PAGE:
April is National Poetry Month, and TeacherPop is celebrating every Friday by featuring four poetry selections from teachers who have participated in Teach For America’s Poet Warriors Project. Interested in getting your class involved? Email for details!

I teach sixth grade in the Arkansas Delta, and have found these four poems to be game-changers in my students’ attitudes about and admiration for poetry. Enjoy!

1. “Touchscreen,” by Marshall Davis Jones

Though a lot of slam poetry covers themes and ideas I just can’t show my tiny 11-year-olds in class, this poem makes all of us laugh out loud and seriously consider how technology influences our daily lives. It never fails to bring a great conversation about cell phones, and students always have plenty to say about how much body language and tone impact the message of a poem.

2. To This Day,” by Shane Koyczan

When this poem goes off the screen in my classroom, one of two things happens: utter silence, or booming applause; both are positive reactions. This poem touches my students plenty from the words alone, but the beautifully done imagery from a huge variety of artists helps my kids understand the meaning and storylines when the language gets intense.

3. A tie, both from Michael Lee: “We’re Golden” and “Pass On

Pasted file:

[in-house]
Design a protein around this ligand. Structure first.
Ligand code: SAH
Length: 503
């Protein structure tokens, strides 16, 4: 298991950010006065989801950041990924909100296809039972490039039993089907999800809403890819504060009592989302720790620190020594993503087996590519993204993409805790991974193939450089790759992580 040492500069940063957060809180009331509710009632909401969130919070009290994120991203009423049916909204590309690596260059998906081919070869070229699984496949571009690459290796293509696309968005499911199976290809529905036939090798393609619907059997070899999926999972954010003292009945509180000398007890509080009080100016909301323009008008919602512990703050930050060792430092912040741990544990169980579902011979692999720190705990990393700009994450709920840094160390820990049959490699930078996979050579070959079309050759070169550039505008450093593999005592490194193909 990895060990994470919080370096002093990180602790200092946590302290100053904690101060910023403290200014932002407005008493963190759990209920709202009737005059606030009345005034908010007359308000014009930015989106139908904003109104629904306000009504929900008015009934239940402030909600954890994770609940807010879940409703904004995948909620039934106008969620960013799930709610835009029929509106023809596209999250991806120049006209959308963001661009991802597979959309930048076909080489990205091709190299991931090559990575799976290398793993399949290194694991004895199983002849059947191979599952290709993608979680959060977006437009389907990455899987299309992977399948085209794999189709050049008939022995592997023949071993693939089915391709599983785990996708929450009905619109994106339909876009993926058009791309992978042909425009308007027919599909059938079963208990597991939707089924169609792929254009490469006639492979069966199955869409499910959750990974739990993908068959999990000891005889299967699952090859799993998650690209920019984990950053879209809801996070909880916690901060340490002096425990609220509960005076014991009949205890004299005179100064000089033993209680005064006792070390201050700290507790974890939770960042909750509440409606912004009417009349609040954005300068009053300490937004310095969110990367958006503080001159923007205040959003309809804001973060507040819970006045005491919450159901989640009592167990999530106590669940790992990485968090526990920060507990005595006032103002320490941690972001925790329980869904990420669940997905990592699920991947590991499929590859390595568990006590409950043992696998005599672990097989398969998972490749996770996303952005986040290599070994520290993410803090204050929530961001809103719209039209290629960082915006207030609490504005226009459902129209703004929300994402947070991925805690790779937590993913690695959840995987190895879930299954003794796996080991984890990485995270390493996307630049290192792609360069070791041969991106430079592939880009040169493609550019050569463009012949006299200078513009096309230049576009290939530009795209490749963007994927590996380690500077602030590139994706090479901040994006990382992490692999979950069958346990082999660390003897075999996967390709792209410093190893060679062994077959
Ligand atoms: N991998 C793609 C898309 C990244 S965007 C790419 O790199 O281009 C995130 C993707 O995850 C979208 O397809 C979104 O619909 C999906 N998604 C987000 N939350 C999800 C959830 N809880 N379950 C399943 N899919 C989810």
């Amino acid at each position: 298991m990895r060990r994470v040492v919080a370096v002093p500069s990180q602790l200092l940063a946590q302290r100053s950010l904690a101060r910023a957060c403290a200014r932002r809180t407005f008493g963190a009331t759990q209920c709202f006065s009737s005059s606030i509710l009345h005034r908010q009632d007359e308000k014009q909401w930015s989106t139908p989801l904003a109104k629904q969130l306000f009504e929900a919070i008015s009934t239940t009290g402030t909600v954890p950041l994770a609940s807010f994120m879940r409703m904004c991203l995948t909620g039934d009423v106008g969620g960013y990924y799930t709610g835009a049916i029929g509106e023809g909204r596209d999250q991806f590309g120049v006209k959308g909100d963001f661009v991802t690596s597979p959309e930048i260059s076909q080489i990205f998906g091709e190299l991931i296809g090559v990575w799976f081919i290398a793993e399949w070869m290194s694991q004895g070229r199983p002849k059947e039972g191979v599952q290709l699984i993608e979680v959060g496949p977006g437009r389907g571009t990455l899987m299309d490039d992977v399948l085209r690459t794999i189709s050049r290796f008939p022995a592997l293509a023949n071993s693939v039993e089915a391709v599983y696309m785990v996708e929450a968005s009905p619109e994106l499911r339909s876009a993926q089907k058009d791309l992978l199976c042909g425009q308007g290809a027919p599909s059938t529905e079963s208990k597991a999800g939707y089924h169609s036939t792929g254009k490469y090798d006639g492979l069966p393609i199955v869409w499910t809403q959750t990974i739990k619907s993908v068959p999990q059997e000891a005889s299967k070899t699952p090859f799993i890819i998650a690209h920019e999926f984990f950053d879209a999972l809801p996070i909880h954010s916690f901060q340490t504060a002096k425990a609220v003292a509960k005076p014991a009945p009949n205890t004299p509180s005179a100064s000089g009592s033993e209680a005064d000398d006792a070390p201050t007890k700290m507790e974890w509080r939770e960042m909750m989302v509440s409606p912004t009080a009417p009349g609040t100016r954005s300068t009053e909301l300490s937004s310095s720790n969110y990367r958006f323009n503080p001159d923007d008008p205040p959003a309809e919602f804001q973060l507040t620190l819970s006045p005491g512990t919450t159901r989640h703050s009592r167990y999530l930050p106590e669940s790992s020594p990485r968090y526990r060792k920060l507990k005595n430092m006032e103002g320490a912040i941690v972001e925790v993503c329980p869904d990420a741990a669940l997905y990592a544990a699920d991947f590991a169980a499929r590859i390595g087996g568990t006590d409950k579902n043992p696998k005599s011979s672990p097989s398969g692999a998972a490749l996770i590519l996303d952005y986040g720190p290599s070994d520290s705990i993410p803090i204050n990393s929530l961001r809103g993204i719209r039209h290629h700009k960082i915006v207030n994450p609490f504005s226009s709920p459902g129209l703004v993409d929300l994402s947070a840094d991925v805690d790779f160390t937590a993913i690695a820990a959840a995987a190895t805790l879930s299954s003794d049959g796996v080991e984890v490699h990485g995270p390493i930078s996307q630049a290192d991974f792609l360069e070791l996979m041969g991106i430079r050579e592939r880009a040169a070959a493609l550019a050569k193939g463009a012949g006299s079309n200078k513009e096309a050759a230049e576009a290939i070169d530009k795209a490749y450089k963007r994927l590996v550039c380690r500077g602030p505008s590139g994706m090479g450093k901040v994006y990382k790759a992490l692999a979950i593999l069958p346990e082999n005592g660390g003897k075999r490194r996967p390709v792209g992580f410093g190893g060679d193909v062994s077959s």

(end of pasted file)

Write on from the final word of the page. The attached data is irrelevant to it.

With similar themes of death and reflection, these poems leave you feeling like the wind has been knocked out of you, particularly for students who have experienced violence or challenging home lives. “We’re Golden” tells a heart-wrenching story about Michael’s childhood best friend, and “Pass On” has gorgeous cinematography, making students start to really classify poetry as the kind of art they can respect and relate to (not to mention emulate, if you’ve got the technology!).

4. “let it go,” by e e cummings
This poem is simple, easy to understand, and particularly great when there are mountains of drama between students. Depending on the relationship I have with my students, I sometime share that I have the last three lines tattooed on the inside of my arm—my own personal proof that poetry is a tangible part of my life.